Joseph TreutleinAvery Bradley
has had an inconsistent freshman season, not unlike many of his teammates and the Texas Longhorns as a whole. Bradleys shots and production fluctuated wildly from game to game, and he didnt do much to improve on his weaknesses over the course of the season, though the one thing that remained consistent throughout was his intense, smothering defense. We covered Bradley extensively less than two months ago here, but with many indications suggesting hell be entering his name in the draft, its worth taking a more detailed look at this unconventional player whose stock is likely to be all over scouts boards.
Bradley is a somewhat unique prospect in that there really isnt anyone in the NBA with his skill set, and there are questions about how easily hell be able to find a niche. The majority of undersized pure 2s in the NBA are versatile scorers that can consistently create their own shot, while Bradley on the other hand is a more selective shooter who isnt adept at getting to the rim, though is also an outstanding defender.
Bradleys lack of anything resembling playmaking skills or a point guard mentality may be his most concerning attribute projecting to the pros, as itll be very tough to play him at the 1-spot without great shot-creators around him. While Bradley is capable of making flow-of-the-offense passes to open shooters at times, when he puts the ball on the floor he goes into clear scorer mode, looking exclusively for his own shot, even out of pick-and-roll scenarios. Developing into a more versatile pick-and-roll threat could vastly open up his own offense, while also giving teams another reason to give him playing time. This might be the most important thing to follow as the freshmans career progresses.
Bradleys strongest offensive attribute is undoubtedly his jump shot, which he is very reliable with in catch-and-shoot situations and pulling up off one or two quick, compact dribbles. While lacking much in the line of advanced moves, Bradley still does an excellent job getting separation for his jumper by using shot fakes, jab steps, and rip moves in combination with good footwork and a good first step. The interesting thing about Bradleys shot is that in spite of having very good form, boasting great elevation and a high and quick release, hes still prone to many shots that completely miss the mark, and hes shooting a surprisingly poor 55% from the free-throw line (albeit on a limited 66 attempts).
Speaking of free throws, another major problem area in Bradleys game is his inability to get to the line, something that most combo guards in todays NBA are expected to do. He ranks dead last
in free throws attempted per-40 minutes pace adjusted amongst all players in our 2010 or 2011 mock drafts in fact, drawing just 66 attempts in 1000 minutes this season, or one for every 15 minutes hes on the floor.
Another issues revolves around his inability to get high efficiency possessions around the basket in general. Hes scoring an incredibly poor 0.75 points per shot on shots around the basket according to Synergy, and in watching his game, its easy to see why. Bradley is often out of control on his drives to the basket and very rarely puts in much effort to create high percentage looks, rather trying to get close to the rim and then just throwing the ball in the general direction of it. On the bright side, Bradley does show an effective floater when hes intently looking for it, and many of his problems attacking the basket are related to a careless mentality as opposed to lack of ability, though he will certainly have some limitations projecting to the pros given his lack of size and strength.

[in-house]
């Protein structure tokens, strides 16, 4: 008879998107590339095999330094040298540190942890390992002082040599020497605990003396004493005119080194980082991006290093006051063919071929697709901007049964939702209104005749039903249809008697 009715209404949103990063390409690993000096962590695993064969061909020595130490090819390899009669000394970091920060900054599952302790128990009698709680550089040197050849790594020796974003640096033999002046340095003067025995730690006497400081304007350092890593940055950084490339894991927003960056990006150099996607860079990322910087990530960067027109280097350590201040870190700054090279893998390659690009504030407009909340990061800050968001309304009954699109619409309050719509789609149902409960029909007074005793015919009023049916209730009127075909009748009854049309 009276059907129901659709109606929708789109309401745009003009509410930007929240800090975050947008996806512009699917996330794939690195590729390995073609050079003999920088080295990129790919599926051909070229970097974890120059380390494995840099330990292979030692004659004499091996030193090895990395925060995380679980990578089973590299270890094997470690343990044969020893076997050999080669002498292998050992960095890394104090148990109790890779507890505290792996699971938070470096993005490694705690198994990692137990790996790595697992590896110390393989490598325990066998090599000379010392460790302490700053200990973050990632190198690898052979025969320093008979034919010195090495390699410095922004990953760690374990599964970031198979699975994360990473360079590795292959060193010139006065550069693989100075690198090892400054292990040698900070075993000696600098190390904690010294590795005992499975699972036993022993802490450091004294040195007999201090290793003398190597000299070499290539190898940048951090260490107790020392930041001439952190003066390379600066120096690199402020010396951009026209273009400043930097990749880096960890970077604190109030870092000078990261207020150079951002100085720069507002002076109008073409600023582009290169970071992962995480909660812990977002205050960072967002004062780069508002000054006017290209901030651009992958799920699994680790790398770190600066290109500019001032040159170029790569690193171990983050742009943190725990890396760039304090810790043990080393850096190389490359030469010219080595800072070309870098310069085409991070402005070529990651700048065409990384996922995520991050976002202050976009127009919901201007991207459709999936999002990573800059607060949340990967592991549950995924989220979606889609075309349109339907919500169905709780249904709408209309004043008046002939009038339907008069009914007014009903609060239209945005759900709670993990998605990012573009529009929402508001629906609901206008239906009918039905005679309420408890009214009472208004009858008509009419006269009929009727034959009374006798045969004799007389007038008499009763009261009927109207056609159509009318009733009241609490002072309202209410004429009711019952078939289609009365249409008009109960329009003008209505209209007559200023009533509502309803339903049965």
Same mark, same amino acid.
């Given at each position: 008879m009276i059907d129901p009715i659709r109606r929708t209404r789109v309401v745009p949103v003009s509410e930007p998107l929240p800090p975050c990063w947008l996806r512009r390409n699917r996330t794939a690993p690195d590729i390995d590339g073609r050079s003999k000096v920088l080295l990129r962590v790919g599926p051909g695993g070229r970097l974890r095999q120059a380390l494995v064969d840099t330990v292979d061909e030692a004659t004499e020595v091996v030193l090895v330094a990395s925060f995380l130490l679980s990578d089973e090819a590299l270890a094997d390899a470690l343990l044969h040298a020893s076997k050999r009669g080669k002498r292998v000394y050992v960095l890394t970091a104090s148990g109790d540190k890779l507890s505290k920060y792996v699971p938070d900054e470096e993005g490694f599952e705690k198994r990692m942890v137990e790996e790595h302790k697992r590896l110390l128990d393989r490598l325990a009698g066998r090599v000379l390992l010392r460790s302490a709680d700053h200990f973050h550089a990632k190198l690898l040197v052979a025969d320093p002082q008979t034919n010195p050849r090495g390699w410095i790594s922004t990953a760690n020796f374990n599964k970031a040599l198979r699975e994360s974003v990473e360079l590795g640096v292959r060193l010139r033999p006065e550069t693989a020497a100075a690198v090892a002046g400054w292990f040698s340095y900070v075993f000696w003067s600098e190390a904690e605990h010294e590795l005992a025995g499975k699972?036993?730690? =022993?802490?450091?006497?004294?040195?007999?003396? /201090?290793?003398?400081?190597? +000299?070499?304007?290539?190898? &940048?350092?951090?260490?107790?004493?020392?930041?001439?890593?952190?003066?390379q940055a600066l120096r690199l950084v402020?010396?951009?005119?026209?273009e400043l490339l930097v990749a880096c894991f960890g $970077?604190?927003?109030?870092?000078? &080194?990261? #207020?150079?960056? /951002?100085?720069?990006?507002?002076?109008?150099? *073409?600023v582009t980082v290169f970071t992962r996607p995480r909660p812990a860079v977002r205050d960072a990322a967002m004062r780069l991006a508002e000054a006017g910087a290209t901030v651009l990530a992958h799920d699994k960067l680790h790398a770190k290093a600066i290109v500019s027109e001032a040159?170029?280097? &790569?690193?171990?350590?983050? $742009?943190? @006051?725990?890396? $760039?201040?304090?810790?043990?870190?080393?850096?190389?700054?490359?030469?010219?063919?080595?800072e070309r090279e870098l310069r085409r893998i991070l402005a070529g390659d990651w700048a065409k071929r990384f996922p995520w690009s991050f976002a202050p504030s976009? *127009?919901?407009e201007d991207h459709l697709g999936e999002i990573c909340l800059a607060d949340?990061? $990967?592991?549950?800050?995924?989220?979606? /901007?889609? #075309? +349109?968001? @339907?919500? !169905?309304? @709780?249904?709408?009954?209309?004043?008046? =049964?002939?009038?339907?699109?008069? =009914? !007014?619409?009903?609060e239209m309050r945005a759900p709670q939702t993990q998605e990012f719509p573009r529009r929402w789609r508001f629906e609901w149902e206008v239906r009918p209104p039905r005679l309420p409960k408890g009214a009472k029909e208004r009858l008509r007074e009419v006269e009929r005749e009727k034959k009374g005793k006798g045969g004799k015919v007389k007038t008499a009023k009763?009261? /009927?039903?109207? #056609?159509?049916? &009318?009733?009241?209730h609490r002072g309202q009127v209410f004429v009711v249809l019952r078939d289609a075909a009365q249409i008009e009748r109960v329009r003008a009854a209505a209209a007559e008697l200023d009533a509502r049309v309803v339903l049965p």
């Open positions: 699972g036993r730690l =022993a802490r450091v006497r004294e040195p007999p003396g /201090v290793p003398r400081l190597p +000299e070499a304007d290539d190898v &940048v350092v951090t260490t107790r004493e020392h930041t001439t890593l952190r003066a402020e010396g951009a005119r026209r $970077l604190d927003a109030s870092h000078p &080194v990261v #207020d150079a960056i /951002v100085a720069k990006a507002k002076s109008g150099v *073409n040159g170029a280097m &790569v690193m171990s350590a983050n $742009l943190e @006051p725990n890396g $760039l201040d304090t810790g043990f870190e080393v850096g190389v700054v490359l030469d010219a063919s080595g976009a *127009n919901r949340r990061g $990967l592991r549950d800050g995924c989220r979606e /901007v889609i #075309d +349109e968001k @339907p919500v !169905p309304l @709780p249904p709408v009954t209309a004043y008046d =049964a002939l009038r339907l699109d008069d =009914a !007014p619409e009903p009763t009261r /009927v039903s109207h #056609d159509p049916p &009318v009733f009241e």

Defensively is where Bradley projects best to the pro level, but the problem here is he will need to find a proper niche to best put his strengths to use, as his physical makeup is much better suited to defending point guards and combo-guards than it is taller shooting guards. Bigger players will be able to simply shoot over him and overpower him on drives to the basket, things that happened when faced with those situations this yearfor example against James Anderson
To Bradleys credit, one thing he does incredibly well is play outstanding prevent defense off the ball, sticking to his man like glue all over the floor and blocking off passing lanes to keep the ball away. On the ball, his lateral quickness is superb, as is his fundamental stance, and he puts in excellent effort all the time, getting right up into his man no matter where he is on the floor, using his length and hands very well, and always getting a hand up to contest a shot. For all of Bradleys strengths on defense, however, he has struggled defending the pick-and-roll this season, due in part to his physical nature, as hes prone to run full force into a well-set pick, getting stuck and not being able to recover, as he doesnt have the strength to fight through them.
Looking forward, Bradley is an extremely interesting prospect, but where and who he gets drafted by will have a huge impact on his immediate success in the league. Playing alongside a big shot creator (such as Tyreke Evans
or Dwayne Wade) who can defend 2s, or coming off the bench to play off the ball and defend opposing point guards or combo guards are situations he could find himself excelling in.
He should also benefit from playing alongside more steady playmakers in the pros than the revolving door of shaky point guard play he saw at Texas. Continuing to work on his three-point range, being more focused on his shot attempts in the lane, and really working to develop his pick-and-roll game should be among his priorities, and all of those things could help him find more potential niches in the pros, something that could be challenging if he is drafted into a tough situation.